Child Custody


Child custody involves where and with whom the children under 18 years old will live and who will have responsibility for making legal decisions regarding them.  Court decisions regarding custody remain in effect until the child reaches the age of 18.

Legal Custody

Whoever has "legal custody" has the right to make important decisions about a child's care such as medical care or religious upbringing.  If the Judge gives joint legal custody, the parents make major decisions about the child together.  It doesn't matter which parent the child lives with; both parents must agree on the decisions together.  If the Judge gives one parent sole legal custody, only one parent has the right to make major decisions for the child.

In New York, an arrangement for joint custody has to be agreed upon by the parties.  The court cannot force a party to accept a joint custody plan.  Therefore, if one party wants sole custody and the other party wants joint custody, there must be an agreement for a joint custody arrangement.

Physical Custody

Whoever has "physical custody," also known as residential custody, is responsible for the actual physical care and supervision of a child.  If the Judge gives joint physical custody, the child lives with each parent for an equal amount of time.  If the Judge gives sole physical custody, the child lives with this adult more than 50% of the time and this person is the custodial party and the noncustodial party will have visitation.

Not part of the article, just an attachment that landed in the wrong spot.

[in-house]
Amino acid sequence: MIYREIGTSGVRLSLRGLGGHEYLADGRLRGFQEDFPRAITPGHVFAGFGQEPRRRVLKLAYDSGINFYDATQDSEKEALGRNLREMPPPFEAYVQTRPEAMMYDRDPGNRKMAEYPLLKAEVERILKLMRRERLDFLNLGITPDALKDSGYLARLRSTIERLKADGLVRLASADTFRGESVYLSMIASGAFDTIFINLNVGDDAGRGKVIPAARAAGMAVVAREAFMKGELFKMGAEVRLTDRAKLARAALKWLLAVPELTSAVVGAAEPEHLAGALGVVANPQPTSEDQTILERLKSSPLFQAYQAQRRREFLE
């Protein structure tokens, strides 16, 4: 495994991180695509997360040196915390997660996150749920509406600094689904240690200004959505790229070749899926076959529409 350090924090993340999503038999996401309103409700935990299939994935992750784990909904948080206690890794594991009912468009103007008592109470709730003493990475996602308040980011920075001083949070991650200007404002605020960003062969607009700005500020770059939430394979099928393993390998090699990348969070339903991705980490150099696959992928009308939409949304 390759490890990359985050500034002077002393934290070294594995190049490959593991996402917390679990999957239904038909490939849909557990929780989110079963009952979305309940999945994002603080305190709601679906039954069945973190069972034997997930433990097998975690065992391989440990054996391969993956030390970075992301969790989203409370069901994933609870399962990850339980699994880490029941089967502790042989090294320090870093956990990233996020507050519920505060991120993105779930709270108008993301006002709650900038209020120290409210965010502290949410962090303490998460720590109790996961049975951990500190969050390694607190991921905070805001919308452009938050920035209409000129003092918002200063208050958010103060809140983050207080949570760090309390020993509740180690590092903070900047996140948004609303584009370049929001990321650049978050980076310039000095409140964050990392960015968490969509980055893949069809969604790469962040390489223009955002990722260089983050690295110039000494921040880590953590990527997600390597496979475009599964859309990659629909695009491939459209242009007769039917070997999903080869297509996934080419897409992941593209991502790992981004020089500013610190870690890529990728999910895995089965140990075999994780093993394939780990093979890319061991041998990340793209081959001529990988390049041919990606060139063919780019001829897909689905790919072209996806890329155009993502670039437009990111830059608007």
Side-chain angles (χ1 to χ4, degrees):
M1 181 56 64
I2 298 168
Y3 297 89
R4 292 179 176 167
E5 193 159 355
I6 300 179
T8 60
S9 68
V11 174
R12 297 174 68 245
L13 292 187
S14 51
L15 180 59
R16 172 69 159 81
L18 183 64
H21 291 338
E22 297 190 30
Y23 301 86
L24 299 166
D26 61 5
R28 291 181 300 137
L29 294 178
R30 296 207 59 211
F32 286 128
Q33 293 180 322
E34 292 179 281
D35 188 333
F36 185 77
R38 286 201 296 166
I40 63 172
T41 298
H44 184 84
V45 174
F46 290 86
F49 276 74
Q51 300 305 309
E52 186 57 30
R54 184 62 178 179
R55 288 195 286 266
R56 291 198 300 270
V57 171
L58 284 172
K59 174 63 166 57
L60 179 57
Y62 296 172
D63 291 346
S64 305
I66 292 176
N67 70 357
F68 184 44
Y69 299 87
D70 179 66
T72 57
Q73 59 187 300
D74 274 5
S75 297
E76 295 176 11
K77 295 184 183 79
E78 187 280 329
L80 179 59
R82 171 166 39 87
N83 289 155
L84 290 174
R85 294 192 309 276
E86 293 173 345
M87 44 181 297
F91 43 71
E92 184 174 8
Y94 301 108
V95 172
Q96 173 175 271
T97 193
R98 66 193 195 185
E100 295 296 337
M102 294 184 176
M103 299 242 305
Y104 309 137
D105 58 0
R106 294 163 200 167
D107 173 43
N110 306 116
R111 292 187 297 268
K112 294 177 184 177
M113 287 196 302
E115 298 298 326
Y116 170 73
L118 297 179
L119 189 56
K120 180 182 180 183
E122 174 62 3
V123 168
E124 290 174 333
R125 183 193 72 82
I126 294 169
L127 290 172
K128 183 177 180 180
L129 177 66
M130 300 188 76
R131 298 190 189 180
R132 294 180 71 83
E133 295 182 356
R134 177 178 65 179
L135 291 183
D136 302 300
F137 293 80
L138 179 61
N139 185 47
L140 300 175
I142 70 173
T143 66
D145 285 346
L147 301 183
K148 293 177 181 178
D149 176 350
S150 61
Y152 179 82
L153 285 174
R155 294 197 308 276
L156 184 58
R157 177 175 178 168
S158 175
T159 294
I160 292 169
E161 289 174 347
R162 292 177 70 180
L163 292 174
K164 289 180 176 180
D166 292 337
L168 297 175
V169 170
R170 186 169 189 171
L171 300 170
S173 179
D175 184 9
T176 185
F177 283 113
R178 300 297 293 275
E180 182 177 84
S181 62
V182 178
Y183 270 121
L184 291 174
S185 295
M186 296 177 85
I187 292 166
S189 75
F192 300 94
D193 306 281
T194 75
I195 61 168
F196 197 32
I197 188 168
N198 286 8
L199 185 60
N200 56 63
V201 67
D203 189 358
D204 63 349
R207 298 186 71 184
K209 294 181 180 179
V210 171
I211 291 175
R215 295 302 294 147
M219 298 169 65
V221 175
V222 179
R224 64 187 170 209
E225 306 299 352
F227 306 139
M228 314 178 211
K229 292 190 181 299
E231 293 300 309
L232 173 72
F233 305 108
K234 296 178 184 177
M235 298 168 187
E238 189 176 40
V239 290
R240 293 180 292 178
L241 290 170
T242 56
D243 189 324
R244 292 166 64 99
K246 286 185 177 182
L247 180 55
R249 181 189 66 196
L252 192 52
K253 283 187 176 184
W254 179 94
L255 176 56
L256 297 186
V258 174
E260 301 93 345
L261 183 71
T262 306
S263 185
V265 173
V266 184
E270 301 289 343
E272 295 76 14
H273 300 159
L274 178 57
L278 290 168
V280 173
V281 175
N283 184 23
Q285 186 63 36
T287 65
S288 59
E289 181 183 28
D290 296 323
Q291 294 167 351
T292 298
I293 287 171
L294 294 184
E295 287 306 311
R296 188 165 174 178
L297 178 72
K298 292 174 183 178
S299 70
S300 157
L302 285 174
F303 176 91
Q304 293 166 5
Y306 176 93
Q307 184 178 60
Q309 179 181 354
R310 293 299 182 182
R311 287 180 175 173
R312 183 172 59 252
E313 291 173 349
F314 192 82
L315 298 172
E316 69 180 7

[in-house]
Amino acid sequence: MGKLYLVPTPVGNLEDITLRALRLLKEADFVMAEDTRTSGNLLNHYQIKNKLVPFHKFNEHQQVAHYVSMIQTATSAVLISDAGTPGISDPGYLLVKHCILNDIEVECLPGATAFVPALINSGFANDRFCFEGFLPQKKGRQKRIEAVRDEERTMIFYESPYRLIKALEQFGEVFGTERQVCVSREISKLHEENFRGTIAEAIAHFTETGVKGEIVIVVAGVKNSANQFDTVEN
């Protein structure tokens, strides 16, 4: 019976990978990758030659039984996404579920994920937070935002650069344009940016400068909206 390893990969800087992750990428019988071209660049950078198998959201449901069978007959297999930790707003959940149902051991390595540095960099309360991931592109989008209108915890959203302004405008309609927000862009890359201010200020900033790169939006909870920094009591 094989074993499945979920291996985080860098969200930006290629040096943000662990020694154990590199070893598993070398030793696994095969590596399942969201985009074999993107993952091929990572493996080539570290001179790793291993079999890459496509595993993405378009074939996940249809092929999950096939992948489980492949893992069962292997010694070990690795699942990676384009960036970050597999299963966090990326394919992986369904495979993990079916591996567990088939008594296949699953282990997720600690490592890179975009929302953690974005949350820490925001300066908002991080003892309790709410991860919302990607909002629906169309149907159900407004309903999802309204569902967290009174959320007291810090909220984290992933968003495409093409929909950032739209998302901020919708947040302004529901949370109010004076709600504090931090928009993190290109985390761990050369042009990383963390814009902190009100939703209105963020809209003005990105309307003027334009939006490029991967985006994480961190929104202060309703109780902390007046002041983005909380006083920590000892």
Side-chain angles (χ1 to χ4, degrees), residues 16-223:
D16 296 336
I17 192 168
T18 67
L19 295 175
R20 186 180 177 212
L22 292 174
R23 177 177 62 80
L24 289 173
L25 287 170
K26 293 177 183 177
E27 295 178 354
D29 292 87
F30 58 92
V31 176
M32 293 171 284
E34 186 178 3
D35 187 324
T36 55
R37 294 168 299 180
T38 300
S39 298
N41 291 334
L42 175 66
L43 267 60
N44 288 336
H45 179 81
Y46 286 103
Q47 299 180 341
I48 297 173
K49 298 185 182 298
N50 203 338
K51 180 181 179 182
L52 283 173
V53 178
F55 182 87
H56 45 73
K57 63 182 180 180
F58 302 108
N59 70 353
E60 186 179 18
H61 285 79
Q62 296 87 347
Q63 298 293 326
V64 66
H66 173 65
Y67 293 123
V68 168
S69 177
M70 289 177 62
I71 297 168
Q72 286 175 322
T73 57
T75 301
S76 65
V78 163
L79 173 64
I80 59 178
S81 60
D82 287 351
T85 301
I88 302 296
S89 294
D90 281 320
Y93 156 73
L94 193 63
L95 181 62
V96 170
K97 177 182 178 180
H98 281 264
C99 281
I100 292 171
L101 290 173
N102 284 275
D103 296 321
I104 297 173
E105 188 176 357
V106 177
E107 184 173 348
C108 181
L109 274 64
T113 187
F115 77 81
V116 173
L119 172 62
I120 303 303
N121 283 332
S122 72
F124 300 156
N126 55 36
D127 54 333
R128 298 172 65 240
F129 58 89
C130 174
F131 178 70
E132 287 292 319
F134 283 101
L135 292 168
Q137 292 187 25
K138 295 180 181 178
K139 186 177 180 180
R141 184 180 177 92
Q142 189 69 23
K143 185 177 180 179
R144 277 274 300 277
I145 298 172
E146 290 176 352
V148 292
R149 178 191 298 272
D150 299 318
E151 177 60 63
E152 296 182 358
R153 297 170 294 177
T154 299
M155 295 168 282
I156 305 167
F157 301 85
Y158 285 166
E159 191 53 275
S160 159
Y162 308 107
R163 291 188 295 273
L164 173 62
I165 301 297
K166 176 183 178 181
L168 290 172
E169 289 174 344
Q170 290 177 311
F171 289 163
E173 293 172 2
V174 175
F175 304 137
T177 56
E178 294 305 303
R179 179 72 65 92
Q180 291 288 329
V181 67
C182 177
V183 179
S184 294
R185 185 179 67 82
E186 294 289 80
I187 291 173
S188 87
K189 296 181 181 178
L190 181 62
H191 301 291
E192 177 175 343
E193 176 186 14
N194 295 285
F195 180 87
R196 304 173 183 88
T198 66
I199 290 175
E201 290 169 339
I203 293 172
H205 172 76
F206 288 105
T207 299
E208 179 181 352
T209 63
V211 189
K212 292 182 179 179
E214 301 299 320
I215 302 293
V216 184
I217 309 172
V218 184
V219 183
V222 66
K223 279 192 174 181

Child Custody

Best Interests of the Child

The court awards custody and visitation based on what is best for the child.  The judge will look at many factors to figure out what would be in the best interest of the child, such as:

(1) Which parent has been the main care giver/nurturer of the child;

(2) The parenting skills of each parent, their strengths and weaknesses and their ability to provide for the child's special needs, if any;

(3) The mental and physical health of the parents;

(4) Whether there has been domestic violence in the family;

(5) Work schedules and child care plans of each parent;

(6) The child's relationships with brothers, sisters, and members of the rest of the family;

(7) What the child wants, depending on the age of the child;

(8) Each parent's ability to cooperate with the other parent and to encourage a relationship with the other parent, when it is safe to do so.

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An attorney can help protect your parental rights.  They can help to negotiate a custody agreement that achieves the results you want. Or they can petition a court to order or enforce the terms sought.